• mv /sbin/fsck /sbin/fsck.back
      cp /usr/bin/true /sbin/fsck

    • (OPTIONAL STEP before rebooting)
      • You may want to try just:

        nvram boot-args=”-v”

        -x means safe mode, -v will print out a tone of crap, remember safe mode does not load the graphics drivers so it will be much slower.

      • nvram boot-args=”-x -v”

        be sure to disable the -x before you do the install step below

      • Once you completed you “should” be able to reboot so long as a “real” hardware failure did not happen.
  3. If you are able to boot into OS X you can continue to the next step, otherwise you probably have a hard drive / ssd failure at this point. For a brand new machine this is extremely unlikely. So you should “go no further” and bring your machine into Apple Support. If you able to run in single user mode. I would suggest backing up your data onto another drive before doing so. Most likely apple will wipe the drive when fixing your machine.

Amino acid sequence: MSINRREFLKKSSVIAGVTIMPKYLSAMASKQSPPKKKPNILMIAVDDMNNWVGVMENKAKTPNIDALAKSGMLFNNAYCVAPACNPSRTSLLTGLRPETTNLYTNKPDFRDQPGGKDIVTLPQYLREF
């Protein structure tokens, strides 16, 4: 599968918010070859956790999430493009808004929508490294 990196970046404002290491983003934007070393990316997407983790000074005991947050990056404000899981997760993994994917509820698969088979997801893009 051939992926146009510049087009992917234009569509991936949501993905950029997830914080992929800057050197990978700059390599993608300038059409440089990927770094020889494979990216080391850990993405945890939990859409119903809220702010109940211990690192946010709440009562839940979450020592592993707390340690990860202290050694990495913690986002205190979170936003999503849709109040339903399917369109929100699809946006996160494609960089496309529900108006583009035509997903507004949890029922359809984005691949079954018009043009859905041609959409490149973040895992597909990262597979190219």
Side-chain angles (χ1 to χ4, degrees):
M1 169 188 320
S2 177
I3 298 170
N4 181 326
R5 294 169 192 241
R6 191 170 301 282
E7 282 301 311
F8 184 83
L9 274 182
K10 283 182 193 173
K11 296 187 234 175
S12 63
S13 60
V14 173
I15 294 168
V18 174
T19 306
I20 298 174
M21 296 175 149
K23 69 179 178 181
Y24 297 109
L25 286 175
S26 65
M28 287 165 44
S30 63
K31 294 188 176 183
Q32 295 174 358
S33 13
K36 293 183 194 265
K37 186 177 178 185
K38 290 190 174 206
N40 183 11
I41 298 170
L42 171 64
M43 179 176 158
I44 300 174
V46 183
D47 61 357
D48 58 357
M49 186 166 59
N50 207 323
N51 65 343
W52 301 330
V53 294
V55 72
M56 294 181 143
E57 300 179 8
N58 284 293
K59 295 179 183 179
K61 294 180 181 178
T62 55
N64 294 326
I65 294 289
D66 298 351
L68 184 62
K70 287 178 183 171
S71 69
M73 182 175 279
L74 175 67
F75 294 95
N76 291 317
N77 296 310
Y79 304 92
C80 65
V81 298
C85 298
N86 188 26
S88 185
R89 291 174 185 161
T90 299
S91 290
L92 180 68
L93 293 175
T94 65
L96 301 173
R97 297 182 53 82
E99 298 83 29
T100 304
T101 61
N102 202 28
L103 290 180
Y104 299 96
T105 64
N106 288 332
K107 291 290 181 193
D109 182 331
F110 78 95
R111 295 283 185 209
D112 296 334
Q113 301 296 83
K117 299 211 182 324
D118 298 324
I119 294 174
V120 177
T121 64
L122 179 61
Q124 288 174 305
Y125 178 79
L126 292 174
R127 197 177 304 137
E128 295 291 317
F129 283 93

4. Download 10.8 once you boot into OSX, you can do this by logging into the App Store (I have already purchased 10.8 for several other machines; however, I believe that if you say “buy” for 10.8 and you have 10.8 already installed you will not be changed, please someone post to confirm this to be true if you try this)
  5. (OPTIONAL STEP) If you took the optional step above, run this command in the Terminal.app (located in your /Applications/Utilities/ folder) before installing OS X:

    sudo nvram boot-args=”-v”

  6. Now, you should be able to run the setup, once you do OS X will automatically reboot
  7. Once booted, DO NOT continue the install, simply goto disk utility from the menu
    disk utility menu

    disk utility menu

    DO NOT PRESS ERASE AT ANYTIME!!!

    Disk Utility Repair

    Repair disk after you boot into the “installer” for osx. Be sure to run step 1 and 2 in the image before closing.

  8. Once that is complete, exit disk utility